“Awareness needs constant refreshing. If it becomes a habit, even a good habit, it will need to be reinvented again and again.” ~Rick Rubin, The Creative Act: A Way of Being
“Do you remember...
The 21st night of September?
Love was changin' the minds of pretenders...
While chasin' the clouds away.”
From early childhood into early adulthood, my awareness of the autumn equinox was minimal. September was associated with the beginning of the school year. It still embarrasses me just a little to admit that I was the kid that looked forward to returning to school: sitting at a desk, observing and listening to teachers; eager to learn about almost anything beyond my personal experience. School was a happy place, although I dreaded the homework, as much as anyone else. Decades later, it’s not too surprising that I now begin each day sitting; ready to observe, listen and learn.
When I sit down by my meditation altar each morning, the neighborhood is just beginning to awaken. The loudest sound is the clock ticking in the room. The day ahead is often full of scheduled tasks and commitments. But before that begins, random thoughts, feelings and ideas are allowed to emerge and fill my Morning Pages. The flow of words may be interrupted by a hummingbird sipping its breakfast, clouds moving across the sky and a few tears. After the pages are written, I face the altar to recite prayers and verses before sitting in silence. When the bell chimes, signaling the end of my meditation, it’s pleasant to feel at ease within my mind, body and spirit. But some days are unpleasant, when I’m just going through the motions; disconnected from what I’m doing and saying. In those moments, there is frustration and disappointment. But after three years of sitting in the same seat nearly every morning, I know that just showing up as I am is enough. There was a time when I didn’t believe this.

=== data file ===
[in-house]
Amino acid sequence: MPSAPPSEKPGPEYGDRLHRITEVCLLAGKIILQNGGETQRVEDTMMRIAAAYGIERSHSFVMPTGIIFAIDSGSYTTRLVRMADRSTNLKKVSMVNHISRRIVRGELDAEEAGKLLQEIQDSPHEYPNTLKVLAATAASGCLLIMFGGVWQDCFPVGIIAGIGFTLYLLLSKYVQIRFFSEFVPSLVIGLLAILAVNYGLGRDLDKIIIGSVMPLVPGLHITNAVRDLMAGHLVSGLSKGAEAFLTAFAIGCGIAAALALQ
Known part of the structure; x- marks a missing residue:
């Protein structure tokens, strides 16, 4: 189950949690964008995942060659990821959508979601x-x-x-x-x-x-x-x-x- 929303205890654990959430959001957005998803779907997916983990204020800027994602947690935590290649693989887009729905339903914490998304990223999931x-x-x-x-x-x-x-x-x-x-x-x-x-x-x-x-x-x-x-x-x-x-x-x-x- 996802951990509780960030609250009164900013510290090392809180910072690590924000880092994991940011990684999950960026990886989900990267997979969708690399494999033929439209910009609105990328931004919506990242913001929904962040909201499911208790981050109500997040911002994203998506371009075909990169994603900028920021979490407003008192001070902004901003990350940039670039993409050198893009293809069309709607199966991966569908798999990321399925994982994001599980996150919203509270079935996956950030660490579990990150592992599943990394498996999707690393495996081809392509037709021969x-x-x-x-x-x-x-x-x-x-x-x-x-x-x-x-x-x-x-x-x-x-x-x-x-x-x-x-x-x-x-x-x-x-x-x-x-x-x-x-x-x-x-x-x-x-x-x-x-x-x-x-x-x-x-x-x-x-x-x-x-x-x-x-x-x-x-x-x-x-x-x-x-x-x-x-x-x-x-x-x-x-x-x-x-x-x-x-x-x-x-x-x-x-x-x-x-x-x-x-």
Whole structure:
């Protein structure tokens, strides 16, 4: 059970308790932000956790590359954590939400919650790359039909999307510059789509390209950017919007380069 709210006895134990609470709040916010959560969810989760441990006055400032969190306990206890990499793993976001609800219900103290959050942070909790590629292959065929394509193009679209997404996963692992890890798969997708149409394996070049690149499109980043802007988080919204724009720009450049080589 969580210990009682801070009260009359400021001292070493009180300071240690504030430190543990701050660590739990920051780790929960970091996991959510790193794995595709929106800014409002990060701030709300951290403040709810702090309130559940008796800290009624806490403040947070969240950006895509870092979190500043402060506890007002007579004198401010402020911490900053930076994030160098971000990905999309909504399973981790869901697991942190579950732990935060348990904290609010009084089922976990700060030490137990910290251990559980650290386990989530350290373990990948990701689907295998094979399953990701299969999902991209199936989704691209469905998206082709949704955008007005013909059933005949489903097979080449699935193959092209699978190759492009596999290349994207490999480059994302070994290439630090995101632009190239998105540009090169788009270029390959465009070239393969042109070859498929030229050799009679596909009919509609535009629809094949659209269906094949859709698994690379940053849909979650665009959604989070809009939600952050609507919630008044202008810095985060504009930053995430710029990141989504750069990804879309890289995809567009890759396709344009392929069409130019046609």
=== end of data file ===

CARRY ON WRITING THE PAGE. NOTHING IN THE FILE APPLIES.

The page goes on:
“The Fall Equinox asks us to sit on the edge of enoughness.”
More than five years ago, standing at a desk, the inception of this morning routine began with reluctance. I had finally decided to begin the practice of Morning Pages. I wrote, “Ok. My first morning page. Already I don’t want to do it.” It felt like homework and I resisted it. I had plenty of work at home; chores to complete daily. By the end of the first page, my fingers were numb. For all three pages, I was numb to my feelings. I wonder if I had sensed how much the pages would completely disrupt my life; eventually leading me back to an abandoned meditation practice; revealing an accumulation of inner chores that depleted me. Somehow, I chose to return each morning and finish that first notebook. It was filled with observations of all I could be or do or experience, if I just had enough… By the end of that year, I had had enough. Enough self pity, enough self loathing, enough self hatred.
“Awareness needs constant refreshing.
If it becomes a habit, even a good habit, it will need to be reinvented again and again.”